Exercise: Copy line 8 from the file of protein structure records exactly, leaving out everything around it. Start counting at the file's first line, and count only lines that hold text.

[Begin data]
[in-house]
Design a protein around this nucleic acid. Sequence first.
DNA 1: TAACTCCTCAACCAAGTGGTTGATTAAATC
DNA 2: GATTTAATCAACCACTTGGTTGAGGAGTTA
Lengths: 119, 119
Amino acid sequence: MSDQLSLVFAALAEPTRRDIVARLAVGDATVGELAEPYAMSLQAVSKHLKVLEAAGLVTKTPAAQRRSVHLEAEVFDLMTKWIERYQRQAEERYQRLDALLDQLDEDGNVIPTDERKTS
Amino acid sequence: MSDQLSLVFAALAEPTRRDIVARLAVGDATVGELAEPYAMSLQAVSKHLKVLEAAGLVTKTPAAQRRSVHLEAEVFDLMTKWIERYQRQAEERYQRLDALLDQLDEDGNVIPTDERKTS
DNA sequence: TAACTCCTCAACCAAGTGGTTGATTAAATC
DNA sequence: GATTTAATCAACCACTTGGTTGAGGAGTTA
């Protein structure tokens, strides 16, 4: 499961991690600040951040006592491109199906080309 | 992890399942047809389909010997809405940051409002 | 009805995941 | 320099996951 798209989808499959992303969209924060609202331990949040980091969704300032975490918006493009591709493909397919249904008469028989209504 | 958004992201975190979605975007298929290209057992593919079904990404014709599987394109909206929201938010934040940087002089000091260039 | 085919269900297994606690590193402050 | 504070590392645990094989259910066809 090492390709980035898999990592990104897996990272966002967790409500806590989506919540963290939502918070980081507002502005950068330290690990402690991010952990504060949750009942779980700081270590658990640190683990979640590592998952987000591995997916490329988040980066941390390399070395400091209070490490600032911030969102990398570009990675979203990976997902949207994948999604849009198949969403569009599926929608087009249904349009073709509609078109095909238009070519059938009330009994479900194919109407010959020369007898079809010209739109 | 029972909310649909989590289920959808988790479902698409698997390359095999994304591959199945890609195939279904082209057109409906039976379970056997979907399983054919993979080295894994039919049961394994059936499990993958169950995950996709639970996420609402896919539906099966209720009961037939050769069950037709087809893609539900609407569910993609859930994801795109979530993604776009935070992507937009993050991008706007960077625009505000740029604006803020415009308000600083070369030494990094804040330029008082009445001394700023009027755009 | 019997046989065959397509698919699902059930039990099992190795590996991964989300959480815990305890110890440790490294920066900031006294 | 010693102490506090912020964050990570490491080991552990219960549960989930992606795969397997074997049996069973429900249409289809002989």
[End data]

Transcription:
DNA sequence: TAACTCCTCAACCAAGTGGTTGATTAAATC